In the absence of specific language about the appropriate tone for communicating with members of the public, the CPC focused on Article 10, a provision roughly equivalent to today's Fundamental Canon 6: "Engineers shall act in such a manner as to uphold and enhance the honor, integrity, and dignity of the engineering profession." The CPC felt that the engineer's response showed disrespect not only for the letter writer and other members of her community but also for his responsibilities as an elected offi cial and public servant. Though the committee did not feel that his conduct warranted a formal ethics investigation, they were unwilling to dismiss the matter without comment. Accordingly, the CPC sent the member an informal letter of censure, stating its belief that his behavior refl ected poorly on the honor, integrity, and dignity of the profession and advising him to contact the letter writer to "smooth out the matter."

While the circumstances of this case are perhaps unlikely ever to be repeated, the lessons it offers are, if possible, even more relevant today. Perhaps the most incredible part of this story is the fact that this exchange occurred by postal mail. Even if the girl's letter caught this engineer on a sensitive point or at the end of a bad day, it is still astonishing that he spent the time needed to type a letter, place it in an envelope, and add postage without reconsidering the wisdom of mailing such an unwarranted diatribe. In today's digital world, the speed of communication is all but instantaneous, making it all too easy for engineers to face a loss of employment, legal or ethical scrutiny, or other repercussions from a single text or email sent in a thoughtless moment.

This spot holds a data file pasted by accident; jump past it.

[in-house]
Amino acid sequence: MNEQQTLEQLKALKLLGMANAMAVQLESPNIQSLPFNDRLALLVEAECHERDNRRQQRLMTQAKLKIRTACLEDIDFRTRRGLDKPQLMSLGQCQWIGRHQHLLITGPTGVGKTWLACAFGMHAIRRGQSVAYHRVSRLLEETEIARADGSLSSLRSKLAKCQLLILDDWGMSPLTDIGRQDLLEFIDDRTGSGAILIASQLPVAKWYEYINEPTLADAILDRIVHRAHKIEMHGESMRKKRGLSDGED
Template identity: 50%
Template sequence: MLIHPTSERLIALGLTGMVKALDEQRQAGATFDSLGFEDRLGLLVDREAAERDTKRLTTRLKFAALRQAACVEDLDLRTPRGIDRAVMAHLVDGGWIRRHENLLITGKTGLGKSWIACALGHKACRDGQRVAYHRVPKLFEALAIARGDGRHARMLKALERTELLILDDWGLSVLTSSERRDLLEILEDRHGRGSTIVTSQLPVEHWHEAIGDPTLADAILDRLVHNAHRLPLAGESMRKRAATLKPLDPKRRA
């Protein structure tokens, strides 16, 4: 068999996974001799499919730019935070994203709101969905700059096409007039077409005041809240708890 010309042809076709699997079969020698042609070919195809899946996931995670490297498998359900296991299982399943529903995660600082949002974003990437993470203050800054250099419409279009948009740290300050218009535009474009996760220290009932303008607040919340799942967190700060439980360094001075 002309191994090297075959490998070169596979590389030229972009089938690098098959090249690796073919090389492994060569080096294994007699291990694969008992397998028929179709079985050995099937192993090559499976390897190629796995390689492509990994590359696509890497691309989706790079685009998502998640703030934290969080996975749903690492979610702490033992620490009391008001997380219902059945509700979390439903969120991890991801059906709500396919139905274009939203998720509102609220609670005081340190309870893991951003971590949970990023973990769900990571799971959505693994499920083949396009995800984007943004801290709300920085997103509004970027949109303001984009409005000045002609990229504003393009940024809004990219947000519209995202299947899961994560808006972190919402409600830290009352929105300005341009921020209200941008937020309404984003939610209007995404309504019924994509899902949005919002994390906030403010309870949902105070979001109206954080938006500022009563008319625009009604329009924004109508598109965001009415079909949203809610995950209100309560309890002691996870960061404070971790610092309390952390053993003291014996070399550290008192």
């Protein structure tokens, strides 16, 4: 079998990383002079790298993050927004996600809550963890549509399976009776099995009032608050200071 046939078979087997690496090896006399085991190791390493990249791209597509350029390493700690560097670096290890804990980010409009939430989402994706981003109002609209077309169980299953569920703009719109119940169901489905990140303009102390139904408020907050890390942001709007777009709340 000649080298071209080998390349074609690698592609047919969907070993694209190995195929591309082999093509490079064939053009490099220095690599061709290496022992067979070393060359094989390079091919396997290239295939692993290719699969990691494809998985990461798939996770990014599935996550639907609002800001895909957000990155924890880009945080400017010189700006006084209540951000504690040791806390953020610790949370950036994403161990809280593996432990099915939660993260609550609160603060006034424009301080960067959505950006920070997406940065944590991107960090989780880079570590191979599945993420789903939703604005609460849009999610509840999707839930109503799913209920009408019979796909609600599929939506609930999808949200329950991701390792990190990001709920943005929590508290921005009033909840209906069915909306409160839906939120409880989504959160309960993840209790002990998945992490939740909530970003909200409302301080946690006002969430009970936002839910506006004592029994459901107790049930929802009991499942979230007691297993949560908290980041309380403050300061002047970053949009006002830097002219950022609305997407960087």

As the days of printed news publications with limited audiences have given way to the age of social media, in which every individual is a potential journalist, any engineer who manages to demonstrate such a creative mix of a bad temper and an innocent target might easily become the focus of a viral post or social media campaign, with all the unpleasantness this entails.

Neither the case fi le nor local news accounts indicate whether the member in this case complied with the CPC's recommendation to make amends, but it is noted that the member lost his subsequent bid for reelection as county engineer, with news reports attributing at least some of the result to negative publicity from this event. His example clearly demonstrates that, while maintaining a professional manner may be a challenge in times of heated disagreement or offense from others, it is a wise ethical choice and sound business practice, minimizing the risk of bad blood or poor word of mouth that might tarnish an engineer's reputation or hinder future endeavors.

Tara Hoke is ASCE's general counsel and a contributing editor to Civil Engineering.

Civil Engineering, November, 2019, © American Society of Civil Engineers. All Rights Reserved